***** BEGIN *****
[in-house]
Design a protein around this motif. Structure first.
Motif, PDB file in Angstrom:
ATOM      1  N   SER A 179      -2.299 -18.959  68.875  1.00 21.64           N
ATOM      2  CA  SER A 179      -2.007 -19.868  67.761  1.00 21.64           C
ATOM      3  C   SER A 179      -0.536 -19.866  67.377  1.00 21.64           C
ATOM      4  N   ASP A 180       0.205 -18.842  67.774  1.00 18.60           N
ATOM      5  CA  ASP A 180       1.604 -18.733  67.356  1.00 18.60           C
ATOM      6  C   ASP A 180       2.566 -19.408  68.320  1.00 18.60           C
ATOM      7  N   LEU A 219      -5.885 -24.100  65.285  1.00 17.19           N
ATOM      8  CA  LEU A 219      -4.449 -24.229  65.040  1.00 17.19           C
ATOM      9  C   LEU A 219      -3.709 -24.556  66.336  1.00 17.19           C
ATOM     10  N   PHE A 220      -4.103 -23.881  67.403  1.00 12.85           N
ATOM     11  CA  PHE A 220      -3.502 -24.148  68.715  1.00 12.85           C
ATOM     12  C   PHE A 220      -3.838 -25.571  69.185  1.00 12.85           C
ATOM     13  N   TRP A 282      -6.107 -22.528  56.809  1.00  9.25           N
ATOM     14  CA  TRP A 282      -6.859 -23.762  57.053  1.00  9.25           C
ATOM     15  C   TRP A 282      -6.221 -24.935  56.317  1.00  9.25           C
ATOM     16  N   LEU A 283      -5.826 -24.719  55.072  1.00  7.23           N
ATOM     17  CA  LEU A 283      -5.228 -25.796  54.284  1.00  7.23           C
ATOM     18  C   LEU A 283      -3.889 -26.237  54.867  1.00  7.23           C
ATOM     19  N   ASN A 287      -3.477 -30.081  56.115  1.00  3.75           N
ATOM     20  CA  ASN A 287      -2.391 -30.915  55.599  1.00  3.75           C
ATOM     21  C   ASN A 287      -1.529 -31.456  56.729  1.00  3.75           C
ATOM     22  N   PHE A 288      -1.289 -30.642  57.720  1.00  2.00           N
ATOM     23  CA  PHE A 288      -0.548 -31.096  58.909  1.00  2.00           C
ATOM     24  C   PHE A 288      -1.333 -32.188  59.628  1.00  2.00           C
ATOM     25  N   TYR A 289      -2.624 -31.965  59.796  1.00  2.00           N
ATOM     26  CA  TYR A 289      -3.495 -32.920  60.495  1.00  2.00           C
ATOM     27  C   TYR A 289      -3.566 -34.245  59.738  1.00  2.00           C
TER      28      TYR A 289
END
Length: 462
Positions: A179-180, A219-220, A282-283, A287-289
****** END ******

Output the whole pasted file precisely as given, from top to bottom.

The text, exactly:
[in-house]
Design a protein around this motif. Structure first.
Motif, PDB file in Angstrom:
ATOM      1  N   SER A 179      -2.299 -18.959  68.875  1.00 21.64           N
ATOM      2  CA  SER A 179      -2.007 -19.868  67.761  1.00 21.64           C
ATOM      3  C   SER A 179      -0.536 -19.866  67.377  1.00 21.64           C
ATOM      4  N   ASP A 180       0.205 -18.842  67.774  1.00 18.60           N
ATOM      5  CA  ASP A 180       1.604 -18.733  67.356  1.00 18.60           C
ATOM      6  C   ASP A 180       2.566 -19.408  68.320  1.00 18.60           C
ATOM      7  N   LEU A 219      -5.885 -24.100  65.285  1.00 17.19           N
ATOM      8  CA  LEU A 219      -4.449 -24.229  65.040  1.00 17.19           C
ATOM      9  C   LEU A 219      -3.709 -24.556  66.336  1.00 17.19           C
ATOM     10  N   PHE A 220      -4.103 -23.881  67.403  1.00 12.85           N
ATOM     11  CA  PHE A 220      -3.502 -24.148  68.715  1.00 12.85           C
ATOM     12  C   PHE A 220      -3.838 -25.571  69.185  1.00 12.85           C
ATOM     13  N   TRP A 282      -6.107 -22.528  56.809  1.00  9.25           N
ATOM     14  CA  TRP A 282      -6.859 -23.762  57.053  1.00  9.25           C
ATOM     15  C   TRP A 282      -6.221 -24.935  56.317  1.00  9.25           C
ATOM     16  N   LEU A 283      -5.826 -24.719  55.072  1.00  7.23           N
ATOM     17  CA  LEU A 283      -5.228 -25.796  54.284  1.00  7.23           C
ATOM     18  C   LEU A 283      -3.889 -26.237  54.867  1.00  7.23           C
ATOM     19  N   ASN A 287      -3.477 -30.081  56.115  1.00  3.75           N
ATOM     20  CA  ASN A 287      -2.391 -30.915  55.599  1.00  3.75           C
ATOM     21  C   ASN A 287      -1.529 -31.456  56.729  1.00  3.75           C
ATOM     22  N   PHE A 288      -1.289 -30.642  57.720  1.00  2.00           N
ATOM     23  CA  PHE A 288      -0.548 -31.096  58.909  1.00  2.00           C
ATOM     24  C   PHE A 288      -1.333 -32.188  59.628  1.00  2.00           C
ATOM     25  N   TYR A 289      -2.624 -31.965  59.796  1.00  2.00           N
ATOM     26  CA  TYR A 289      -3.495 -32.920  60.495  1.00  2.00           C
ATOM     27  C   TYR A 289      -3.566 -34.245  59.738  1.00  2.00           C
TER      28      TYR A 289
END
Length: 462
Positions: A179-180, A219-220, A282-283, A287-289